Two Cases Aim to Cut Off China and Iran From U.S. Technology

The U.S. government announced charges in two separate cases on Wednesday aimed at enforcing laws blocking the transfer of critical technologies, part of a broader campaign to hamper military efforts and weapons production in rival countries.

One of the complaints was against a U.S. citizen born in China who has been arrested and accused of stealing trade secrets from a private company. The technology, according to court documents, “would be dangerous to U.S. national security if obtained by international actors.”

A Justice Department complaint filed in U.S. District Court in California said the stolen material would help the development of technology that allows space-based systems to track ballistic and hypersonic missiles. U.S. officials said technology related to hypersonic missiles and missile tracking was among the Chinese military’s top priorities.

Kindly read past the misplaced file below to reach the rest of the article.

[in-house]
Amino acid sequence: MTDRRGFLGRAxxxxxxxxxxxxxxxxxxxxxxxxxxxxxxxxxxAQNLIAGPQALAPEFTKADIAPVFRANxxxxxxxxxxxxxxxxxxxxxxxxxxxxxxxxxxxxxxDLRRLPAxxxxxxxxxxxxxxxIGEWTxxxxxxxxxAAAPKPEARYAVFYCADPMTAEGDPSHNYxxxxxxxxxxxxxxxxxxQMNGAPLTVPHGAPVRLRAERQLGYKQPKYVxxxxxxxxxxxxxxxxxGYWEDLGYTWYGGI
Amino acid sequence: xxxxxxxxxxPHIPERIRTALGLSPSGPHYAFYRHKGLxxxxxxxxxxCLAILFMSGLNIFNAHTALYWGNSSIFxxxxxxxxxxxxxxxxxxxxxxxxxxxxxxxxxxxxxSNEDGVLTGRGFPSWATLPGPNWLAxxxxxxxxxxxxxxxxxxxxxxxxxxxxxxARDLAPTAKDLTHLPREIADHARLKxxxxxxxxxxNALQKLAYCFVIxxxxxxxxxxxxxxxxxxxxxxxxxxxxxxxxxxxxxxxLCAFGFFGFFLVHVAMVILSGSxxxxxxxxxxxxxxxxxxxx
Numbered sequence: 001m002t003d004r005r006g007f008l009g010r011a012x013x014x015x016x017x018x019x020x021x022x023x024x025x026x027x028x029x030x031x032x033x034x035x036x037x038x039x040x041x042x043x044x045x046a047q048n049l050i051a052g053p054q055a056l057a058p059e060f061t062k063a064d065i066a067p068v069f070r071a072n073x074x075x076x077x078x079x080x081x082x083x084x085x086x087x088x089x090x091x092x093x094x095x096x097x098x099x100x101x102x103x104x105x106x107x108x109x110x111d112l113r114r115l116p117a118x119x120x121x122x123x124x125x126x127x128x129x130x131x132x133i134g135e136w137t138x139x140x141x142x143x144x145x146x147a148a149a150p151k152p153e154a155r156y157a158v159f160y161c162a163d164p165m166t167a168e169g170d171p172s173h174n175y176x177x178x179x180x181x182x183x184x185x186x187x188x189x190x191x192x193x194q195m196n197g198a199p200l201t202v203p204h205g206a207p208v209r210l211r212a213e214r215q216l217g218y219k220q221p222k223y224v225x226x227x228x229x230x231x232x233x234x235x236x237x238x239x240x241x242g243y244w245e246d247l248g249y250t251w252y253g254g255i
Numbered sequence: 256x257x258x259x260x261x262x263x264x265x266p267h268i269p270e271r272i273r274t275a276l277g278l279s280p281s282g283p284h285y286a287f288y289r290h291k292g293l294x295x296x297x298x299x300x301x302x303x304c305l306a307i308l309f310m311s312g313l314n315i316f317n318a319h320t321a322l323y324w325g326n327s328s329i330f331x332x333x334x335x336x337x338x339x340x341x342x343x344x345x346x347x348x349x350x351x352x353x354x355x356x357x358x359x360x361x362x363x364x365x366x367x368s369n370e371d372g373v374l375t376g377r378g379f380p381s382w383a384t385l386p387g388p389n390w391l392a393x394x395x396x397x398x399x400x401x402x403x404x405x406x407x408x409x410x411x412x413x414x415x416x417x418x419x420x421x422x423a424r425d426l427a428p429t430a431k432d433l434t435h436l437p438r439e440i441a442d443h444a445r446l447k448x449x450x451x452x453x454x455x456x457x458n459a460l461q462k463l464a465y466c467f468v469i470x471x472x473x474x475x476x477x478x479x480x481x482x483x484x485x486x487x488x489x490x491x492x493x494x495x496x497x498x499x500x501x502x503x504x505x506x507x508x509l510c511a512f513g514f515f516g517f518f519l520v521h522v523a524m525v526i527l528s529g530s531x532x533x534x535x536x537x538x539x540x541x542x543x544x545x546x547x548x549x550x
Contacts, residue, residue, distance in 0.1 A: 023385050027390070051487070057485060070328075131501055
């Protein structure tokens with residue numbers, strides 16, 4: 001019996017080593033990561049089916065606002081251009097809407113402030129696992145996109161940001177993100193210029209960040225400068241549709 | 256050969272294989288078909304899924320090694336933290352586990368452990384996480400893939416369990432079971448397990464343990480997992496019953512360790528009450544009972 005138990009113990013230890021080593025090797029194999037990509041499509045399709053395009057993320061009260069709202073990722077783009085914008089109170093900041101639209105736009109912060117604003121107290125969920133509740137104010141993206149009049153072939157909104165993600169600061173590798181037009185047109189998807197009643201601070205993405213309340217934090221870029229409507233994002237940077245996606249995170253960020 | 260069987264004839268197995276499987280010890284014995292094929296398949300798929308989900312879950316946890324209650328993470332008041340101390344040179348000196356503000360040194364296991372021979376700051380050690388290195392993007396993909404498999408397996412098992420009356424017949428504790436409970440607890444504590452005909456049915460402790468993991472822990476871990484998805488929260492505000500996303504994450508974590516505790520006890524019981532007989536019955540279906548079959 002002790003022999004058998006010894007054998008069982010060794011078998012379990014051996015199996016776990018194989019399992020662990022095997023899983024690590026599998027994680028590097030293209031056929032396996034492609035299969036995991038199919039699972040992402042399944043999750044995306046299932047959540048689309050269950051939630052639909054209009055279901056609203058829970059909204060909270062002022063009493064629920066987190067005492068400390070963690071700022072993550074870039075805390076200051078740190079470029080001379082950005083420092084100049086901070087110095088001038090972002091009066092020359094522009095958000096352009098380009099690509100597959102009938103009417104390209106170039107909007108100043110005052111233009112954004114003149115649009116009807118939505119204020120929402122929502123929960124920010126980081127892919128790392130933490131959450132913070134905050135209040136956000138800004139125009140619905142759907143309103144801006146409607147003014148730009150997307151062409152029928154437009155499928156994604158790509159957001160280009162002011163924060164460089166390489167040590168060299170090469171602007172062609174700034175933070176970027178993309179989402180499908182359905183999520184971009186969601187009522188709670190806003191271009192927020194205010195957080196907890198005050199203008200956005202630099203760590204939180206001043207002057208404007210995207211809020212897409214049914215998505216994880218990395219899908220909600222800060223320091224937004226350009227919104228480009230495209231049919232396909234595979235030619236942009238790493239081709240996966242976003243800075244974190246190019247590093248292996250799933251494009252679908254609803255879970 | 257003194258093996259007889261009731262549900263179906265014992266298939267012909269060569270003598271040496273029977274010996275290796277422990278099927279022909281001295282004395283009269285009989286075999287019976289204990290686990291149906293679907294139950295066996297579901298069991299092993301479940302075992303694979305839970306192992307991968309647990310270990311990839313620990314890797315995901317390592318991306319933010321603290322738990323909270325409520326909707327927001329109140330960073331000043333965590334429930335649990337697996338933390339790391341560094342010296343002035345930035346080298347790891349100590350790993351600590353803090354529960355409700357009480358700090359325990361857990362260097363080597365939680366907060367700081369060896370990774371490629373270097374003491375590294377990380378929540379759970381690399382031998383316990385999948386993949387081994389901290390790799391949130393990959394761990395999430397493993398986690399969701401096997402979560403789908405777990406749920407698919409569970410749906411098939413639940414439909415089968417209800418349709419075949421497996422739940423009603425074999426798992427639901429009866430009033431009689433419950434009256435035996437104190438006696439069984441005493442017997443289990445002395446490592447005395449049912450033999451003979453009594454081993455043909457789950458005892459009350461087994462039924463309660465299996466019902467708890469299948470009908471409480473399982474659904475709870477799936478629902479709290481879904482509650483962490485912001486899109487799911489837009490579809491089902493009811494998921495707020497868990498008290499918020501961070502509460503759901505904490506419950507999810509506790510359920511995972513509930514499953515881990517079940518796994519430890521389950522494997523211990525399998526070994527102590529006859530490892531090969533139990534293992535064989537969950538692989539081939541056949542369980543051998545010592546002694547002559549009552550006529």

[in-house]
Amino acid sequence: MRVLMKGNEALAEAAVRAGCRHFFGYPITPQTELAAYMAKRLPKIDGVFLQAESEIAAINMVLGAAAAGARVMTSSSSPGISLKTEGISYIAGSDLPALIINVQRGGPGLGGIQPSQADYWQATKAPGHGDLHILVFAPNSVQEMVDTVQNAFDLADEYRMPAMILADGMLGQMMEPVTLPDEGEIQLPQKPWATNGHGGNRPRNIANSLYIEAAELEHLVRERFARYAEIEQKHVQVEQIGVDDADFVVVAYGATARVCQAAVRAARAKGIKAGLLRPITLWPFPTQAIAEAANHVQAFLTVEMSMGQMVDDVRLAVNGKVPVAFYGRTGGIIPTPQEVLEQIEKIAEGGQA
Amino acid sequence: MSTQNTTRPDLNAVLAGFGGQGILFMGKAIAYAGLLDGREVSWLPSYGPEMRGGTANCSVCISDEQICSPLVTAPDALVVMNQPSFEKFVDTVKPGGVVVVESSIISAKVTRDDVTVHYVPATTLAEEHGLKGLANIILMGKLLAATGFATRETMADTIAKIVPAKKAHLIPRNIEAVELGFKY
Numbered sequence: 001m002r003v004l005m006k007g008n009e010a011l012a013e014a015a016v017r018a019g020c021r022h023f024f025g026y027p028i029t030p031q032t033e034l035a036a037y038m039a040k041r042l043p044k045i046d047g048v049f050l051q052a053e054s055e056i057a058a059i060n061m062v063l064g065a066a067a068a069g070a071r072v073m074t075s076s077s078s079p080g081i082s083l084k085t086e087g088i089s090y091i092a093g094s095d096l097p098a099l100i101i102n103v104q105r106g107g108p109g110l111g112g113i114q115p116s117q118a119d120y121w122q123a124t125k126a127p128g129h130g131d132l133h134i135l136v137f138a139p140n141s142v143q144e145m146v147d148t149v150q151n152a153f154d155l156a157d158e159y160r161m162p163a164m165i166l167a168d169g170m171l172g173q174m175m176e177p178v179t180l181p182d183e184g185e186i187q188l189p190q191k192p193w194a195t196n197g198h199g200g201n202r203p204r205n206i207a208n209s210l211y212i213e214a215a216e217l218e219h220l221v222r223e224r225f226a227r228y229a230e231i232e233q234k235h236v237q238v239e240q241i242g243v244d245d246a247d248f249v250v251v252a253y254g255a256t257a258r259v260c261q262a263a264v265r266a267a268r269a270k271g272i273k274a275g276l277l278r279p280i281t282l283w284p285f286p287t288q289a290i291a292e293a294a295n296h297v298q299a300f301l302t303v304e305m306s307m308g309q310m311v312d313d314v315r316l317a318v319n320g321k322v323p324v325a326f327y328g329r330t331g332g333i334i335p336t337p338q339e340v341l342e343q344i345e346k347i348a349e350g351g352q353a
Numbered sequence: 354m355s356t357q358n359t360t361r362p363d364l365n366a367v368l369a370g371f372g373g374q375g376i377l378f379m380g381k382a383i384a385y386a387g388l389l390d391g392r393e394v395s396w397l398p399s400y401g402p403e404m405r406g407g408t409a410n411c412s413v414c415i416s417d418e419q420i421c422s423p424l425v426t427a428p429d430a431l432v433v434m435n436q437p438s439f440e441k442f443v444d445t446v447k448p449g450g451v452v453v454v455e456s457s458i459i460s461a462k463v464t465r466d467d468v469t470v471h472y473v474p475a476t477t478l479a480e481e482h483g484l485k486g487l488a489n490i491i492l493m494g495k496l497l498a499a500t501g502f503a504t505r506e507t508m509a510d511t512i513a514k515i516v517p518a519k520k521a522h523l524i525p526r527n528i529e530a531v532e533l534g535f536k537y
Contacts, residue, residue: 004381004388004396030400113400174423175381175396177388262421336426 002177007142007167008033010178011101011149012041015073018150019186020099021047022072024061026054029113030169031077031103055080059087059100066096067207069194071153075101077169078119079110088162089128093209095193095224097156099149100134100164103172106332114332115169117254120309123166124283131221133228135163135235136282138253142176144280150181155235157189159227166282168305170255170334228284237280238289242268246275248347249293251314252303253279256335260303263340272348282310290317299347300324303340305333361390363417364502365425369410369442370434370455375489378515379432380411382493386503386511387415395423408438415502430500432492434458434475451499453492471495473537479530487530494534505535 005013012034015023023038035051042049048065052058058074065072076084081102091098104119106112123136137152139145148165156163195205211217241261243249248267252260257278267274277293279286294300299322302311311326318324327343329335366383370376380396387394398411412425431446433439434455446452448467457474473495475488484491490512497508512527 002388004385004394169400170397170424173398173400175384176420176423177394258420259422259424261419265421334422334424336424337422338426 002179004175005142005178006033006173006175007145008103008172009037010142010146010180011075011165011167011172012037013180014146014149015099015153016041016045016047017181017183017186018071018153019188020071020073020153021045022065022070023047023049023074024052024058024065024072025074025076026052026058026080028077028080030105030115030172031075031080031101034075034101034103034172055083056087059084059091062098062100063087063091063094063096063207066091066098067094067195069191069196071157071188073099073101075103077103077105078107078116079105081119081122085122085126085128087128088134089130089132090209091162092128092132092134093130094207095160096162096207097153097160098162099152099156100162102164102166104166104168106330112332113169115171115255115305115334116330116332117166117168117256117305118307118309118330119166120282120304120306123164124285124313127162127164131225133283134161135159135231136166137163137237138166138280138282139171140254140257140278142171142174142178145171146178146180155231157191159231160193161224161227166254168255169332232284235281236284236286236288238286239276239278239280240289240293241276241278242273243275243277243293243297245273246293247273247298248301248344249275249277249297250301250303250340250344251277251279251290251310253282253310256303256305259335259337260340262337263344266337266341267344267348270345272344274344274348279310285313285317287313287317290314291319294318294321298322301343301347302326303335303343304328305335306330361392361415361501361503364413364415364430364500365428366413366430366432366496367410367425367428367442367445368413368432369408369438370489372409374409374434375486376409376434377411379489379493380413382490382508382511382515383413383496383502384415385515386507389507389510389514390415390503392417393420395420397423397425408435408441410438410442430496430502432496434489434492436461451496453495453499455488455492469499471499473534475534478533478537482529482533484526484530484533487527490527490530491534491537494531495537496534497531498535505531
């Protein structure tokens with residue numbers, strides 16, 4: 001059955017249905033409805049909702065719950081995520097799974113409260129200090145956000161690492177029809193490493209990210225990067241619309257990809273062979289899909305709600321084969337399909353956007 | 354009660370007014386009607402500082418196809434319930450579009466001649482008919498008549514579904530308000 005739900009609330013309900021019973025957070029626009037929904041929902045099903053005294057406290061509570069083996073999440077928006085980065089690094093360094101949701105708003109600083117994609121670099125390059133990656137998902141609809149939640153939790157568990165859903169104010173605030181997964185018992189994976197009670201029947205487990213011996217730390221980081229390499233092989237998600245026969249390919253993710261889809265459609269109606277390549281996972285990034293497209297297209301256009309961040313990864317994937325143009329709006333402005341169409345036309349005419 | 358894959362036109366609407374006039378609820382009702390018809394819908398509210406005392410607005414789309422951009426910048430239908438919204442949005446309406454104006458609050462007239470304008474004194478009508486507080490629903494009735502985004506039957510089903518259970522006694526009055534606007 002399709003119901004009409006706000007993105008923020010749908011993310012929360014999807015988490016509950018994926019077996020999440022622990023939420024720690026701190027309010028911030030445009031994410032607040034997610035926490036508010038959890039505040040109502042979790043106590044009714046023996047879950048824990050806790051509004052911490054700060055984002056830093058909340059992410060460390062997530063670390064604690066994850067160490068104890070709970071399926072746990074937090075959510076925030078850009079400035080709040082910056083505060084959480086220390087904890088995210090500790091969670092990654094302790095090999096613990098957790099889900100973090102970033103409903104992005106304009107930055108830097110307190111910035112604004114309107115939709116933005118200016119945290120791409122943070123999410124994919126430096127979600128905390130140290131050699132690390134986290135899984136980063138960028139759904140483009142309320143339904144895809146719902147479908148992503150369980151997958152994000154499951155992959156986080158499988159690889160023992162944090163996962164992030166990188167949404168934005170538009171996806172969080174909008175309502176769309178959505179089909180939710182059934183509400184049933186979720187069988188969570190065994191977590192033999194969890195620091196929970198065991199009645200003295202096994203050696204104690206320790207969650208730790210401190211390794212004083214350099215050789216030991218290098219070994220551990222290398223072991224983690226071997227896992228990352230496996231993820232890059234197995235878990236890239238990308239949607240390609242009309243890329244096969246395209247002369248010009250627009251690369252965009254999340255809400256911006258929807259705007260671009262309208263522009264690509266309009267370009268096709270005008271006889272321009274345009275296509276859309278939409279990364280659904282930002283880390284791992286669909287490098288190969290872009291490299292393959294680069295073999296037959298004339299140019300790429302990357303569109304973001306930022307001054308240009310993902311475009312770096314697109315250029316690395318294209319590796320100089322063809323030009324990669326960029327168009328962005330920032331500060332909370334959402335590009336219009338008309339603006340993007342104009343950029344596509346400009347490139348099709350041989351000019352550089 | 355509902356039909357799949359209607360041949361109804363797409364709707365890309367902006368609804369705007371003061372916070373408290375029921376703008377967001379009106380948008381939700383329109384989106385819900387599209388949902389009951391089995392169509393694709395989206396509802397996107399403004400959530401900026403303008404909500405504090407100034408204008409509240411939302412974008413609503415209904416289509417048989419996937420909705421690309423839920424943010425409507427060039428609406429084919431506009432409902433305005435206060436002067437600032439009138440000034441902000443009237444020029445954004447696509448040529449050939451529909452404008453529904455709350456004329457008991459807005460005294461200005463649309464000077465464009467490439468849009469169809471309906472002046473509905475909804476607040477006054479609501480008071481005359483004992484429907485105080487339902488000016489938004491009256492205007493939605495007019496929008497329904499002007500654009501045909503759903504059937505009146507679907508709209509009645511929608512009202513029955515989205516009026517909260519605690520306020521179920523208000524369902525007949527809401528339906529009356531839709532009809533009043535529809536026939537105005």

In the other complaint, the U.S. government accused two Iranian men of trying to illegally procure American goods and technology for Iran’s aerospace industry. The technology, according to court documents, involved firefighting equipment and flame detectors.

The charges are the latest in a series of legal actions aimed at cutting off Iran, Russia and China from American technology. A year ago, the Justice and Commerce Departments formed the Disruptive Technology Strike Force to enforce export control laws and disrupt production of weaponry in Iran meant for Russia and Iranian proxy groups. It was also intended to stall China’s efforts to develop advanced military technology.

Officials from the strike force are meeting with Ukrainian representatives this week in Phoenix to discuss efforts to stop the flow of American technology and U.S.-designed components to Russia, Iran and China.

We are having trouble retrieving the article content.

Please enable JavaScript in your browser settings.

Thank you for your patience while we verify access. If you are in Reader mode please exit and log into your Times account, or subscribe for all of The Times.

Thank you for your patience while we verify access.

Already a subscriber? Log in.

Want all of The Times? Subscribe.

Back to top button